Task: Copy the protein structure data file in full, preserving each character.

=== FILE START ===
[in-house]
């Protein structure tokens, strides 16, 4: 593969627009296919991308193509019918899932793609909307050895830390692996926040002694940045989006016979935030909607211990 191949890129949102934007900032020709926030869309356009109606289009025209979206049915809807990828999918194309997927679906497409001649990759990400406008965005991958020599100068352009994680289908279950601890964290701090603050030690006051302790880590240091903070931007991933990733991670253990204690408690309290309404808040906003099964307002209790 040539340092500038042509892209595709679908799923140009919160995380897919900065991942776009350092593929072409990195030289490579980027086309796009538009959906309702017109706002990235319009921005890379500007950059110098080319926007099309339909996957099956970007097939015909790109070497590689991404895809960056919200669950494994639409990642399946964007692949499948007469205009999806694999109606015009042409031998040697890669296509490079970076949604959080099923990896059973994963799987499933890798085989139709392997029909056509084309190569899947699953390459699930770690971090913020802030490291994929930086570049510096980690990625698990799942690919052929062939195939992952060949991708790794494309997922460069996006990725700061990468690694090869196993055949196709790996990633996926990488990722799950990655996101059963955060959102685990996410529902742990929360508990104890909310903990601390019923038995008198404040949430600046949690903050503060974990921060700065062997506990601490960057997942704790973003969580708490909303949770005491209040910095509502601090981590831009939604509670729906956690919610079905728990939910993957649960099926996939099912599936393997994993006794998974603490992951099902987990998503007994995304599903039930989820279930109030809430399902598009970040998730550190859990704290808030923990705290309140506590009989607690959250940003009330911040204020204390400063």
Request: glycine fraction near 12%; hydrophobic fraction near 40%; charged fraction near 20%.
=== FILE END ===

[in-house]
């Protein structure tokens, strides 16, 4: 593969627009296919991308193509019918899932793609909307050895830390692996926040002694940045989006016979935030909607211990 191949890129949102934007900032020709926030869309356009109606289009025209979206049915809807990828999918194309997927679906497409001649990759990400406008965005991958020599100068352009994680289908279950601890964290701090603050030690006051302790880590240091903070931007991933990733991670253990204690408690309290309404808040906003099964307002209790 040539340092500038042509892209595709679908799923140009919160995380897919900065991942776009350092593929072409990195030289490579980027086309796009538009959906309702017109706002990235319009921005890379500007950059110098080319926007099309339909996957099956970007097939015909790109070497590689991404895809960056919200669950494994639409990642399946964007692949499948007469205009999806694999109606015009042409031998040697890669296509490079970076949604959080099923990896059973994963799987499933890798085989139709392997029909056509084309190569899947699953390459699930770690971090913020802030490291994929930086570049510096980690990625698990799942690919052929062939195939992952060949991708790794494309997922460069996006990725700061990468690694090869196993055949196709790996990633996926990488990722799950990655996101059963955060959102685990996410529902742990929360508990104890909310903990601390019923038995008198404040949430600046949690903050503060974990921060700065062997506990601490960057997942704790973003969580708490909303949770005491209040910095509502601090981590831009939604509670729906956690919610079905728990939910993957649960099926996939099912599936393997994993006794998974603490992951099902987990998503007994995304599903039930989820279930109030809430399902598009970040998730550190859990704290808030923990705290309140506590009989607690959250940003009330911040204020204390400063």
Request: glycine fraction near 12%; hydrophobic fraction near 40%; charged fraction near 20%.